One Of City’s Oldest Commercial Buildings Restored

 

Northwest corner of 3rd and Market | Photo: Nathaniel Popkin

Northwest corner of 3rd and Market | Photo: Nathaniel Popkin

A longtime Old City eyesore and one of the oldest commercial buildings in the city–and once the tallest–was recently restored. The careful exterior restoration of 301 Market, which revealed handsome stone lintels, was completed late last year by the building’s Florida-based owner, who was advised by Randal Baron, a staff preservation planner at the Philadelphia Historical Commission.

Photo: Google Streetview

Photo: Google Streetview

The building, which dates back at least as far as 1795, when Philadelphia was the United States capital, is on the Philadelphia Register of Historic Places. An AT&T retail store occupies the ground floor.

Exacting 18th century Federal style windows have replaced the boarded up window openings. The Old City building’s previous color, a sickly faded pink, is no more, for the brickwork has been restored to the shade of Philadelphia red that one would expect.

In the 1918 book Market Street, Philadelphia: The Most Historic Highway in America, historian Joseph Jackson notes that 301 Market was “one of the few ancient buildings still standing on Market street.” It was supposedly the first four story building in the city.

Photo: Nathaniel Popkin

Photo: Nathaniel Popkin

The building was put up sometime around 1795 by the iron and hardware dealer Richard Wistar, grandson of Caspar Wistar, who came to this country from Germany in 1717 and established what was probably the first glass factory in the colonies near Salem, New Jersey. Caspar spelled his named Wüster, but it was registered here as “Wistar.” When Caspar’s younger brother John, arrived ten years later, he was registered with the surname “Wister.” The two spellings of the famous Philadelphia name exist to this day. Richard’s brother Caspar, a physician, would become one of Philadelphia’s conservative elite. He was known for the “Wistar Parties” that he hosted at his house on Fourth Street.

Richard Wistar was raised a Quaker but eventually was read out of Meeting for supporting the armed Revolution. He married the daughter of Captain Samuel Morris who, although a Quaker, fought in the Revolutionary War. Wistar advocated the defense of his property by arms.

Richard’s great uncle John lived only a few doors away, at 325 Market Street. When John purchased it, the property was thickly covered with blackberry bushes. Instead of cutting these away, John Wister gathered the berries and converted them into wine. He became so successful at this that he began to import wines from his native country. Successive generations of Wisters carried on at 325 Market as dry good merchants.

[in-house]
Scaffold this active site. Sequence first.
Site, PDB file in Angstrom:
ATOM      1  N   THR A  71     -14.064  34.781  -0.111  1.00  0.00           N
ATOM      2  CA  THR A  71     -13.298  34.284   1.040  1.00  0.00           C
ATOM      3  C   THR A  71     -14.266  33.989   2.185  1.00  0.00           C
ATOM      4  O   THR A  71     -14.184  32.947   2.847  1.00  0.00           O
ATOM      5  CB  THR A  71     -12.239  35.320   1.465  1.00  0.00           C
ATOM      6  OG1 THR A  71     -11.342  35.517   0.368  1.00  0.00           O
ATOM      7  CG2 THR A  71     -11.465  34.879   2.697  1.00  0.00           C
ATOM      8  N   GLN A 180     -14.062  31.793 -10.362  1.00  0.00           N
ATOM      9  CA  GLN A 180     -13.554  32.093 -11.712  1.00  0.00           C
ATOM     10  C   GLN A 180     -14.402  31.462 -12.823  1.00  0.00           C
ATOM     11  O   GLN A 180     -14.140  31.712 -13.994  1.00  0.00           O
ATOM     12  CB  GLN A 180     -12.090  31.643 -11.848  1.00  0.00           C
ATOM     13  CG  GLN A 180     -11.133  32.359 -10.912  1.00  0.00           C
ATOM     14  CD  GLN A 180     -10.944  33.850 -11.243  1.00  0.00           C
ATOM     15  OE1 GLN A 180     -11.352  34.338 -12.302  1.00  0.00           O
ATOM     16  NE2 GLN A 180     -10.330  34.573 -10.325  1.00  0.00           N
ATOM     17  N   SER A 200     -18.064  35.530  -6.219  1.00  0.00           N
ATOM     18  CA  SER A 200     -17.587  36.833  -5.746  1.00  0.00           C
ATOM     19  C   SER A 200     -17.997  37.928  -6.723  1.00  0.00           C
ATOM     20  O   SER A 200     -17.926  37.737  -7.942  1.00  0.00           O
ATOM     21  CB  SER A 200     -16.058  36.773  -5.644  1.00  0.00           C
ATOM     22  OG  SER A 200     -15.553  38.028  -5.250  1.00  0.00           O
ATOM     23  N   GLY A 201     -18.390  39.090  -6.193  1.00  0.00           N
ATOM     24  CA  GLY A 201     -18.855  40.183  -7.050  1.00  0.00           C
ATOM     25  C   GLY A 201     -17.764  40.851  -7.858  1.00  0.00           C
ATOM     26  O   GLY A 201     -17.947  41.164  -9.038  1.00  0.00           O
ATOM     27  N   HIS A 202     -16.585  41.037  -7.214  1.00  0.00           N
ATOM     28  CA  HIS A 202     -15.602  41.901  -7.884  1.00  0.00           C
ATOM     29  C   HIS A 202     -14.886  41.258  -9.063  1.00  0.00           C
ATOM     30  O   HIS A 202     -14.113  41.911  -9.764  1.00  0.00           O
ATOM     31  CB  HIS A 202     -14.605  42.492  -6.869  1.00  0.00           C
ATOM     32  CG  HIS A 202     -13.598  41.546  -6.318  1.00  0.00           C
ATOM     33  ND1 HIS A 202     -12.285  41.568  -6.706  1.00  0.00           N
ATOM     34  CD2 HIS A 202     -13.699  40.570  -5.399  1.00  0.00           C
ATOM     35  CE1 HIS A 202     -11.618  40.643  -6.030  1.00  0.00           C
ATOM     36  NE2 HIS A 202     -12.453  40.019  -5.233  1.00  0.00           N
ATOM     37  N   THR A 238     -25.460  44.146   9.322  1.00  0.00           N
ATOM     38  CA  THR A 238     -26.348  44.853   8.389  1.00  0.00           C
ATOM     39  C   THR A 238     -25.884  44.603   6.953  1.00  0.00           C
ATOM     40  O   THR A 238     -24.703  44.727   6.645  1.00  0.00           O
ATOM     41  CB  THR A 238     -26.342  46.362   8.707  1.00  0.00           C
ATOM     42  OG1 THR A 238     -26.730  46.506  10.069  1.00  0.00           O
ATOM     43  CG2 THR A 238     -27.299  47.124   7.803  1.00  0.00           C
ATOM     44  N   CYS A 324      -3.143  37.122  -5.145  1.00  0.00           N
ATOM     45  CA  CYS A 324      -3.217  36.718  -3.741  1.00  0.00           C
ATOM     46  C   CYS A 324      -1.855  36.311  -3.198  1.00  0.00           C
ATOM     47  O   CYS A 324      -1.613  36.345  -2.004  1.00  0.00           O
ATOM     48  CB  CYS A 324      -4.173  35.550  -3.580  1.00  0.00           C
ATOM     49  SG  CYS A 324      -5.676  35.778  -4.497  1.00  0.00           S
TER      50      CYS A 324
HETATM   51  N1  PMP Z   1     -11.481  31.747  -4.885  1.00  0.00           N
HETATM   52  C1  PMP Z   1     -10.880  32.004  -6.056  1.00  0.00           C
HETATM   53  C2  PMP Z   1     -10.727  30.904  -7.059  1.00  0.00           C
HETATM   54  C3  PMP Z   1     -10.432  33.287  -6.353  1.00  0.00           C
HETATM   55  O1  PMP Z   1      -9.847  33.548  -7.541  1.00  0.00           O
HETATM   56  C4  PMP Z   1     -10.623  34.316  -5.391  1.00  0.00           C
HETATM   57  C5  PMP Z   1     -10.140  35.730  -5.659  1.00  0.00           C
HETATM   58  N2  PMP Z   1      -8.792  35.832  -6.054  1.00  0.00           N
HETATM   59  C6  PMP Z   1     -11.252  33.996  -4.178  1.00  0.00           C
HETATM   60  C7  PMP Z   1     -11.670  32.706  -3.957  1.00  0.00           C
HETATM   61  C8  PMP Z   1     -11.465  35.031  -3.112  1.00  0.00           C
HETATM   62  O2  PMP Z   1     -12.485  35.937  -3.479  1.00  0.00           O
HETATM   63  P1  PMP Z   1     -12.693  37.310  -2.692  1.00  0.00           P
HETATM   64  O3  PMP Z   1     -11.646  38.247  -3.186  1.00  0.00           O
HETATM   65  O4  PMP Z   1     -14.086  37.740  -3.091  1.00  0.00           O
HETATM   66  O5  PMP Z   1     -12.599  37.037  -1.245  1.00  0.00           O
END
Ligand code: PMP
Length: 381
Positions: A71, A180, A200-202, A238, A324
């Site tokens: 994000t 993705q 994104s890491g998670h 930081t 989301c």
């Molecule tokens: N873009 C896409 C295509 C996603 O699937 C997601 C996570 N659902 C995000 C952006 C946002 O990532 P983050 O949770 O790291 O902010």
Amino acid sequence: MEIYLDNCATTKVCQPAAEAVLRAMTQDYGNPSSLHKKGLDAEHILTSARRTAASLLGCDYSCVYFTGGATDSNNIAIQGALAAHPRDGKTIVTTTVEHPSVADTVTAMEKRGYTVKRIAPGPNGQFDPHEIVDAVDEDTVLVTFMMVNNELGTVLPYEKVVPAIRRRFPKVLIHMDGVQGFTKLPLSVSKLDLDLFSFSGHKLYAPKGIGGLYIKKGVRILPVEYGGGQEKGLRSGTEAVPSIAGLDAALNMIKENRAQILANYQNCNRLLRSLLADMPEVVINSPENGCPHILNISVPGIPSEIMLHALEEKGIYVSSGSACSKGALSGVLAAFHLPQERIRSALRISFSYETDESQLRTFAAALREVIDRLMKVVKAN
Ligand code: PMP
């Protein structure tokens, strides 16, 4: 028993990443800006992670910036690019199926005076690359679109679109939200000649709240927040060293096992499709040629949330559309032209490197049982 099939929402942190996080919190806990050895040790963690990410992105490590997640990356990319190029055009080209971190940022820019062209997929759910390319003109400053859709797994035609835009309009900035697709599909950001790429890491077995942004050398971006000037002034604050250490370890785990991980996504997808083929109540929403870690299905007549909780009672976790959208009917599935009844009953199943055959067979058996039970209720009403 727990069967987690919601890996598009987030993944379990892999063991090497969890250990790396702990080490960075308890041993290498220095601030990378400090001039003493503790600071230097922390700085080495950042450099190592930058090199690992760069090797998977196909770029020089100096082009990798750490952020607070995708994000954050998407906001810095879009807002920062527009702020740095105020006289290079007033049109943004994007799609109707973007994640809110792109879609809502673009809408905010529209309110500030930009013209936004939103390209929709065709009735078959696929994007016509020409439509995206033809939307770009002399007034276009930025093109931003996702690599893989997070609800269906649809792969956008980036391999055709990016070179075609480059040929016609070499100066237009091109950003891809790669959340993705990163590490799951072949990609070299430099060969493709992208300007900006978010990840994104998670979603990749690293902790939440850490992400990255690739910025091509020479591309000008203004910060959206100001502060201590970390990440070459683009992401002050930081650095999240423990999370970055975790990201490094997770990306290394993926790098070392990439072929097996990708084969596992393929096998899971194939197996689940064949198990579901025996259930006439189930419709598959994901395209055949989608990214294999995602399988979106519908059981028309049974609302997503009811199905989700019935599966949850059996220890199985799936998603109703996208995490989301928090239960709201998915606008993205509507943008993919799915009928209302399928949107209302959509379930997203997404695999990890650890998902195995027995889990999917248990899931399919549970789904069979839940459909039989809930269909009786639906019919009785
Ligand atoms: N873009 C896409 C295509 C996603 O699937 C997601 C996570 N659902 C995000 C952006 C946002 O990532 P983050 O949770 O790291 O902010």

historic images 301 Market Street. (images are from a variety of sources, as collected at www.brynmawr.edu/cities/archx/05-600/proj/p1/grps/web-content/301-305.htm)

historic images 301 Market Street. (images are from a variety of sources, as collected at www.brynmawr.edu/cities/archx/05-600/proj/p1/grps/web-content/301-305.htm)

With his profits, Richard bought lands and several houses throughout Philadelphia. One house, which he called Hillspach (after his ancestral German home), had been built at Fifteenth and Spring Garden Streets as a country residence. He once remarked that that he could see men constructing his Third and Market building from Hillspach, indicating how sparsely built Philadelphia was in the 1790s. Richard was also an inspector of prisons, and was one of the early friends and supporters of the Library Company of Philadelphia and the Pennsylvania Hospital. He attained a reputation for punctuality and is said to have lived by the maxims and proverbs made familiar by Benjamin Franklin in Poor Richard Almanac.

A c. 1917 image of 301 Market.

A c. 1917 image of 301 Market.

Besides Richard Wistar’s iron and hardware business, 301 Market Street has a long history of housing retail operations of all sorts on the ground floor, just like the other buildings on the block. After Wistar’s shop closed in 1814, the Philadelphia Post Office moved in. The structure was an umbrella and parasol factory by 1860 then a saloon selling Schmidt’s beer by the 1910s. In the mid-20th century it was the Germantown Hosiery Company. More recently, it has been a hardwood flooring shop and a Jack’s Camera’s outlet.

About the author

Harry Kyriakodis, author of Philadelphia's Lost Waterfront (2011), Northern Liberties: The Story of a Philadelphia River Ward (2012), and The Benjamin Franklin Parkway (2014), regularly gives walking tours and presentations on unique yet unappreciated parts of the city. A founding/certified member of the Association of Philadelphia Tour Guides, he is a graduate of La Salle University and Temple University School of Law, and was once an officer in the U.S. Army Field Artillery. He has collected what is likely the largest private collection of books about the City of Brotherly Love: over 2700 titles new and old.

Send a message!



8 Comments


  1. The Old Stone Prison, which predated the Walnut Street Prison, was located directly across the street at 300 Market Street http://media.wix.com/ugd/4c2da0_41bed342ea390827839e1ffa4b3dca97.pdf. All that remains of a once three-story 19th century mercantile building is the butchered first floor, a pair of original shutters closing off a first floor window and a series of marble entrance steps that once graced the 3rd Street side. Great restoration job by Randy at Historic Commission and the Florida owner of 301 Market.

  2. Is there any information about when the metal roof and dormer windows shown in the 1917 image where added and why it was subsequently removed?